Let's face it, if you're blocking any of the content, you're not viewing the content in the form it's intended.
It's unfortunate that some content production (eg newspaper sites and blogs) try to shove as many ads down the readers throat, it's a down right evil when they intercept the reader from the content.
How this needs to be solved:
1) Ads need to be served inside sandboxed iframes that has no access to the parent page save for knowing what page it is on.
2) Ads need to be prevented from "chaining" ads via document.write, exec, and innerHTML. They should only chain to another ad via another iframe.
3) Ad "depth" on ad chains need to be shallow before returning back to the content. eg website -> website's ad server ->Third party ad server ->website's end of chain ad placeholder. The current environment is a lot like the mortgage-backed securities, in which bundles of good and toxic ads are being sent to websites, eroding the trust of the website, and thus making more people block all ads.
How the web browser can help:
1) Hold iframes and XHR when the content does not originate from the same subdomain. If the web browser is to query a blocking plugin, it must have a fallback solution to tell the user that content is missing from the website. When some scripts are blocked, sometimes the functionality is missing, which the user is quick to blame on the browser or website, and not the fact that they haven modified the website.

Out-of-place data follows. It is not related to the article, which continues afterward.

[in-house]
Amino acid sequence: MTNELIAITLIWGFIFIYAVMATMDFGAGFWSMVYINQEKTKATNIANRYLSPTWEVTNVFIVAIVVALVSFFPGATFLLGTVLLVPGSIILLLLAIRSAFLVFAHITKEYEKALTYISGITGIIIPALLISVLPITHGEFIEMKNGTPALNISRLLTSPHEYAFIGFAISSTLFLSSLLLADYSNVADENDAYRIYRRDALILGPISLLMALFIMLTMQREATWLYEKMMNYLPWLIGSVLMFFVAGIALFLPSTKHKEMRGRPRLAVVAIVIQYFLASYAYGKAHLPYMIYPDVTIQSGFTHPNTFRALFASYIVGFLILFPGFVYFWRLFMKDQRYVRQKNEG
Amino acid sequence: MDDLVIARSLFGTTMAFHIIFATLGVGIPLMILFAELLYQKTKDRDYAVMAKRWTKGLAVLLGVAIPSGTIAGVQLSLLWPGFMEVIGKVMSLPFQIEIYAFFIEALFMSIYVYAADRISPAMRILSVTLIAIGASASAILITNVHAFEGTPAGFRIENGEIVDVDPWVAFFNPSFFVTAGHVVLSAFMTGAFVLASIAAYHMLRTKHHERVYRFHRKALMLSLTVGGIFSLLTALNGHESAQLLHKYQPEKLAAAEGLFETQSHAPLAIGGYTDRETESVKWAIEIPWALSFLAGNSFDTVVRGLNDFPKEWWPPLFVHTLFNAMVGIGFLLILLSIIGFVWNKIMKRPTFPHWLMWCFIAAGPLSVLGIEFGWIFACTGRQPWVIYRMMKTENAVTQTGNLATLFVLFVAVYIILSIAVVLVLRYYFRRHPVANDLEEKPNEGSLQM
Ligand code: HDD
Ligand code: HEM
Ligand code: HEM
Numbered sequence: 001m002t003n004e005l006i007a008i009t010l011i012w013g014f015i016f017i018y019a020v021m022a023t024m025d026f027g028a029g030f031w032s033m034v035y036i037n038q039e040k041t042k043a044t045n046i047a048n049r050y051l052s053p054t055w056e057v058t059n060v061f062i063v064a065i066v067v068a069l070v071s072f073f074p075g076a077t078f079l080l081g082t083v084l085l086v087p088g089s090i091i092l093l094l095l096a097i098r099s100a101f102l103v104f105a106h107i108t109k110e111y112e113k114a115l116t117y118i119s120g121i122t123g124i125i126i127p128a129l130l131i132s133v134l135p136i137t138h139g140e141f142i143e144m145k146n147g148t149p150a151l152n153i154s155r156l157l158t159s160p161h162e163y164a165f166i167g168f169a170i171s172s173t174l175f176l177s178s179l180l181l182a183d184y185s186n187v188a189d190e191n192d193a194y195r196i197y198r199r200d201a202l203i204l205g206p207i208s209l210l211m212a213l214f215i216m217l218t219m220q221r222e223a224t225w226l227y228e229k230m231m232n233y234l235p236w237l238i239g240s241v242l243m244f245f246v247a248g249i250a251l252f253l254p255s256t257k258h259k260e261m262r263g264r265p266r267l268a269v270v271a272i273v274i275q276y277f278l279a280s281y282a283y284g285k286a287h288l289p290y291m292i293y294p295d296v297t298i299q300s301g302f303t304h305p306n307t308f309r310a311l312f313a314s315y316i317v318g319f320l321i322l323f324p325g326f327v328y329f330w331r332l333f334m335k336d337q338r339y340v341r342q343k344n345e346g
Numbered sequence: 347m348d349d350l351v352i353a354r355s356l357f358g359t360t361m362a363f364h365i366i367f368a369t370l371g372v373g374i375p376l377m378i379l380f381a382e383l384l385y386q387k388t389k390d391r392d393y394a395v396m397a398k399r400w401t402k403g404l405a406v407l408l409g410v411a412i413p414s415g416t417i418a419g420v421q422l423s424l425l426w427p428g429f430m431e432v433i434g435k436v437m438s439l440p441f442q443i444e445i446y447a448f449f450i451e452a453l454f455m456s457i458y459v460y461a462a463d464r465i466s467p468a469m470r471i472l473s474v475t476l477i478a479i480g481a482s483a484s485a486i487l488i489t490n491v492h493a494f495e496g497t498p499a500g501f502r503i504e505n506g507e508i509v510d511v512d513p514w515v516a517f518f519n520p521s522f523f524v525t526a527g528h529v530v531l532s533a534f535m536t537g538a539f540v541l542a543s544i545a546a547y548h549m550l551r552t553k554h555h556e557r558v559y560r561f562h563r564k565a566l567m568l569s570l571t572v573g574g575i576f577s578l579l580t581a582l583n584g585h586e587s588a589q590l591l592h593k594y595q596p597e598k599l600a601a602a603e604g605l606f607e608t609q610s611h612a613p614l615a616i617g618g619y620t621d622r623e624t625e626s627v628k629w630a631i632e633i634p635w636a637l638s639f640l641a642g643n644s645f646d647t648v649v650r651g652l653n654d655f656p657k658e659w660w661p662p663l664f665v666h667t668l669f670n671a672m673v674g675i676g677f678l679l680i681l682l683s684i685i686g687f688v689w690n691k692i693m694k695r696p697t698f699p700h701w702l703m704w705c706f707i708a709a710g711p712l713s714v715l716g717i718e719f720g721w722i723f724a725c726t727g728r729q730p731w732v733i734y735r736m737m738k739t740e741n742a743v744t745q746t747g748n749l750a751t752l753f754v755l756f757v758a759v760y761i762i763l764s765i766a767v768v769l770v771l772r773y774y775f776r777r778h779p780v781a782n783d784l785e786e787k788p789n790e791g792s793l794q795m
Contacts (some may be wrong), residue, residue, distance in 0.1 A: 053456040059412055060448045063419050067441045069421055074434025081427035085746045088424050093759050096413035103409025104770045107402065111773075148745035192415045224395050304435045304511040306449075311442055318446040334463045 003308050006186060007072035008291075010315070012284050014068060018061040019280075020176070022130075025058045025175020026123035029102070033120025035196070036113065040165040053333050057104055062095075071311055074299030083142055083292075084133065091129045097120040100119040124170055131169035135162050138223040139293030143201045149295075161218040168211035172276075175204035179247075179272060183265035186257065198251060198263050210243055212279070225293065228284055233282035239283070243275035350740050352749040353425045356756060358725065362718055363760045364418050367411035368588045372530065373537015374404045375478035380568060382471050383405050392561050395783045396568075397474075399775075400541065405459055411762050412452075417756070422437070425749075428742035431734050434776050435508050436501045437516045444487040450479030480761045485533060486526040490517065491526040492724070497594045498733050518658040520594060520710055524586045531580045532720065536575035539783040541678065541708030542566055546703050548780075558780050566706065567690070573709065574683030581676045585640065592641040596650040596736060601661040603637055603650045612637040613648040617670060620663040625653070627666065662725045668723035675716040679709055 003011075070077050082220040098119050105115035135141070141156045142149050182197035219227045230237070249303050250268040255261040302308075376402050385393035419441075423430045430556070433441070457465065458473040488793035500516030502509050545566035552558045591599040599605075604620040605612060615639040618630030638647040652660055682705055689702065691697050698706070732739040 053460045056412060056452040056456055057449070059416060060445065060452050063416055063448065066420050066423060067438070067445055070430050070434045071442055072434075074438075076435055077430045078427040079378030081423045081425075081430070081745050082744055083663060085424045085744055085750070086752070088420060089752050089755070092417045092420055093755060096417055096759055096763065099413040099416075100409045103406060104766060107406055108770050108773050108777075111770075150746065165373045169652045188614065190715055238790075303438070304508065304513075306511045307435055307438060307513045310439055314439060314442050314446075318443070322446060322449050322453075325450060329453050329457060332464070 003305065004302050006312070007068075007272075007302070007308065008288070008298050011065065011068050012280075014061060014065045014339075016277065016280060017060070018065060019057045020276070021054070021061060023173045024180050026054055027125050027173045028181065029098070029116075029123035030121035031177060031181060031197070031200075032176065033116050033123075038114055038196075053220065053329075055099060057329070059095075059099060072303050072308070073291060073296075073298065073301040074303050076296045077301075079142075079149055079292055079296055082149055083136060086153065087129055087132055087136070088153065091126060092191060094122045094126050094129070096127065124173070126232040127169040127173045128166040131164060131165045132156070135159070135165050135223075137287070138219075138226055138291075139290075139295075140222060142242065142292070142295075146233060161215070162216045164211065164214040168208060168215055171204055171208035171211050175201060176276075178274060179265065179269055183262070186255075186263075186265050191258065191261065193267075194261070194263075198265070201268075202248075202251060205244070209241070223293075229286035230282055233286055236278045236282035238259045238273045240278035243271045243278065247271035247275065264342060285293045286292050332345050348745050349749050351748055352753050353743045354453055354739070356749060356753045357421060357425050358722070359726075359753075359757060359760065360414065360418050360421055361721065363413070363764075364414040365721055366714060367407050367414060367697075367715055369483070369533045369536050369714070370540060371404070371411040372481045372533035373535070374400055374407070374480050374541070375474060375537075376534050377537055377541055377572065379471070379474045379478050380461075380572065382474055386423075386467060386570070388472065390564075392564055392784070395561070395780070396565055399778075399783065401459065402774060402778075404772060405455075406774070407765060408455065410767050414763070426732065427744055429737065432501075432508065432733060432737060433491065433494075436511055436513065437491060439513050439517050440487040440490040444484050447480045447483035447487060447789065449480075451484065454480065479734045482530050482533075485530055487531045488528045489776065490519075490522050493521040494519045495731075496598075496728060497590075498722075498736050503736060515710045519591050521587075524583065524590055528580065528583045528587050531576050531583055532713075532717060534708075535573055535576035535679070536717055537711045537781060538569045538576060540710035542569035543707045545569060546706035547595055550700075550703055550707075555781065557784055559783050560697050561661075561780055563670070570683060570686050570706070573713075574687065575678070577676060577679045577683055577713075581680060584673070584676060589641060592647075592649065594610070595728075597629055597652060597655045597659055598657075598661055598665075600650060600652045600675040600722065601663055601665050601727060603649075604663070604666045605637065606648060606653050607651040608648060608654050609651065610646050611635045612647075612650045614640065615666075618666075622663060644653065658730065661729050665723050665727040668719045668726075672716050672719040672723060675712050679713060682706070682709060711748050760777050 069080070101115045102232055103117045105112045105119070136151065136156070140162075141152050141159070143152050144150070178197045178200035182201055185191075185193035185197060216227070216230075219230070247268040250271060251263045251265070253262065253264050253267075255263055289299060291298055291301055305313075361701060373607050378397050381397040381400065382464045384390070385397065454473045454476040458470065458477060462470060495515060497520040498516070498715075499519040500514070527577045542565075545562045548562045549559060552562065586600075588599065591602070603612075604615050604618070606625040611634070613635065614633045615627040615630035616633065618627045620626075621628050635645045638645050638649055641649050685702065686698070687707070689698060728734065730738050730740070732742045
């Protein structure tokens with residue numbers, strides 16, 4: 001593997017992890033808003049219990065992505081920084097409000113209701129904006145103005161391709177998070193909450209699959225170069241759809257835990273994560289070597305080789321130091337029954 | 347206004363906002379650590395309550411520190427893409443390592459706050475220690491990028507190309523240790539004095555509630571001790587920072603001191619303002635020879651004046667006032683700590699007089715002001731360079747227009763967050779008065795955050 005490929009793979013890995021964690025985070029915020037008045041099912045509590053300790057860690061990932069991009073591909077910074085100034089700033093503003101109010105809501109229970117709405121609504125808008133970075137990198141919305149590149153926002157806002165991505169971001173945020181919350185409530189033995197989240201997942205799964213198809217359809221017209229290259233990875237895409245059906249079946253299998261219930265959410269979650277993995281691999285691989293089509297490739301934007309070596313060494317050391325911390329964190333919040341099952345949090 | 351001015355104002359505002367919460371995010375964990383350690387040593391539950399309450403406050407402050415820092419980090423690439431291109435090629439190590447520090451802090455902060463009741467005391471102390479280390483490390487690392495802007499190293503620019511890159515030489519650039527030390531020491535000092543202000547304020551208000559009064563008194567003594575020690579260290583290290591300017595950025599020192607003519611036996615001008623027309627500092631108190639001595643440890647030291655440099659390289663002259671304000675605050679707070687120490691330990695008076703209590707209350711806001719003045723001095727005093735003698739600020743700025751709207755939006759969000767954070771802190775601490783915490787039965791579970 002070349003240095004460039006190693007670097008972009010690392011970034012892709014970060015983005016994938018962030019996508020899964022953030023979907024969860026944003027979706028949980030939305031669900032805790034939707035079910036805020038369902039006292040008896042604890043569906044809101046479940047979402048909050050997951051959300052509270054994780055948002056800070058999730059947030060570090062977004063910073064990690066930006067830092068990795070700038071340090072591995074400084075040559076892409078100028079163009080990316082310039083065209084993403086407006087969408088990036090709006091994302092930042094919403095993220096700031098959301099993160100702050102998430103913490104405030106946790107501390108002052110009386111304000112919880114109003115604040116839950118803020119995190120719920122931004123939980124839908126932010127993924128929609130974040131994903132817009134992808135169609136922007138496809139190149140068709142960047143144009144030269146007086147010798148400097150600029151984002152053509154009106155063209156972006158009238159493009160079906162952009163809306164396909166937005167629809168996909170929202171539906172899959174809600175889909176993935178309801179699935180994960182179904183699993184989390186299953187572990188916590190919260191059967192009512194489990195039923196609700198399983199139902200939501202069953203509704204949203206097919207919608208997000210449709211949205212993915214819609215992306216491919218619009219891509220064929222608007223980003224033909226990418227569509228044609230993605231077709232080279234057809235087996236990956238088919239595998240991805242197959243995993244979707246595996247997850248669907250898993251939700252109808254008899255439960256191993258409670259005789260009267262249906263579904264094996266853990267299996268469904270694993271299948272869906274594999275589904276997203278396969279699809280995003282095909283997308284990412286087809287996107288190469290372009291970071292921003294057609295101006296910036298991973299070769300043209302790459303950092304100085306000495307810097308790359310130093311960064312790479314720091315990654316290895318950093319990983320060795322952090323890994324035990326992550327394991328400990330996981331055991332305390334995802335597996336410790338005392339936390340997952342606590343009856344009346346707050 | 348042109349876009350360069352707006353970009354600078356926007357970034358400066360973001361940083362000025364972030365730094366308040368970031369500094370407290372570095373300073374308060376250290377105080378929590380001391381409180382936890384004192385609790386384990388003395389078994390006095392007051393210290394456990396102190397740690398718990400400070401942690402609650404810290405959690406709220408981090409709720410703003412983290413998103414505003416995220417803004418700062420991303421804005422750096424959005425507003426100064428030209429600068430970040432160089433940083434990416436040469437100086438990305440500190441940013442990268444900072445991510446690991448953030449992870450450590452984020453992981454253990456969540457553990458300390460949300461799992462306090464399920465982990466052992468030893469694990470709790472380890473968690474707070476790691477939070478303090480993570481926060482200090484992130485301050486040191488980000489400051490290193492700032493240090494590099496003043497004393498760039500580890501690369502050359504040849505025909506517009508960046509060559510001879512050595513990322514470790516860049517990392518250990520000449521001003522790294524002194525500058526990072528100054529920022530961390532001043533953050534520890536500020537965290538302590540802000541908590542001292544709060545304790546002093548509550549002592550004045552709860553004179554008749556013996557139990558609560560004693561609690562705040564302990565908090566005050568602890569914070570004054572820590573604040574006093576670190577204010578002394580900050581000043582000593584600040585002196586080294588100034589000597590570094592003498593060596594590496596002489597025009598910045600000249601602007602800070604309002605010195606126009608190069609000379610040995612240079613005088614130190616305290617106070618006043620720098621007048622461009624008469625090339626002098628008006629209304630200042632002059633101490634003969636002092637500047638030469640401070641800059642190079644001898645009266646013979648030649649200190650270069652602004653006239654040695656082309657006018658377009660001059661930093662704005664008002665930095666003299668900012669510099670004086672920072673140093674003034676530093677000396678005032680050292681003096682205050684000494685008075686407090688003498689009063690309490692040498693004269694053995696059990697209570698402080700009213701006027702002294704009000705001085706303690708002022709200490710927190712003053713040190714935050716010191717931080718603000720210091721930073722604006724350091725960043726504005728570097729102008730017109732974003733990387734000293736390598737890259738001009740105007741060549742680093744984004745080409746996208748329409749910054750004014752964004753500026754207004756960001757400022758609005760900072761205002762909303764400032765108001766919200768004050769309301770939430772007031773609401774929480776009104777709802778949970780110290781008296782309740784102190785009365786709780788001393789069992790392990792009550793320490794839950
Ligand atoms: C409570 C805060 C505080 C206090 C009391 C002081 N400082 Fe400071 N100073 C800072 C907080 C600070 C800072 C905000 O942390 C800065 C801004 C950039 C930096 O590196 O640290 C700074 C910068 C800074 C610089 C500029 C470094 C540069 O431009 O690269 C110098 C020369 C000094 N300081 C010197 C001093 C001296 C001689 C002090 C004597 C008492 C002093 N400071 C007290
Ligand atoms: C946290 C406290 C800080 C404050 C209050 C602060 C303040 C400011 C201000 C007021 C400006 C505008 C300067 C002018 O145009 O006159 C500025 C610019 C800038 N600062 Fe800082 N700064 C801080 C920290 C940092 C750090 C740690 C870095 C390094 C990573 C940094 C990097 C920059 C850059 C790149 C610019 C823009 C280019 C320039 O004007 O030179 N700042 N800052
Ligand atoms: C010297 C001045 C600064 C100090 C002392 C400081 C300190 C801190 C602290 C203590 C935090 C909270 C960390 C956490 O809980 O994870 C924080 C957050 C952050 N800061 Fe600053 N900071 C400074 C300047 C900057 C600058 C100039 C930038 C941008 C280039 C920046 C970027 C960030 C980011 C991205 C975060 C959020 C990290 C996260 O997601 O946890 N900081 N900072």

2) The default operation of the web browser should be to not block anything, and the user should be reminded to whitelist sites before blacklisting content, and sites that have blocked content need an indication that objects have been blocked (see Ghostery as a good example.)
3) The web browser should suggest what content to block based on what scripts and content (eg video ads) are interrupted by the user with the stop/reload button and closing/navigating away.
On mobile devices we should go one step further and have mobile devices by default block all third-party scripts and content when not connected over WiFi and plugged into the mains.
Ads were never an issue before bandwidth limits started being imposed by ISP's. The last "ad crisis" was due to pop-ups/pop-unders which was an abuse of the "new window" function, and popup blocking continues to this day because of that. Some pop-ups were endless chains. This is the problem we are seeing under some circumstances with the iframe chains and document.write/innerHTML/exec chains. The web browser should add "chained iframes" to popup blocking, whereby an iframe is loaded by another iframe from a third party domain. It should never be the case where an ad chain continues for more than 3 seconds before dropping to the end-of-chain.
I have seen video ads constantly loop, as in not just go back to the beginning of the video, but reload the video entirely. I've seen websites that had "refresh" set to as short as 5 seconds on their ads. This kind of garbage should be blocked because it wastes the user's bandwidth.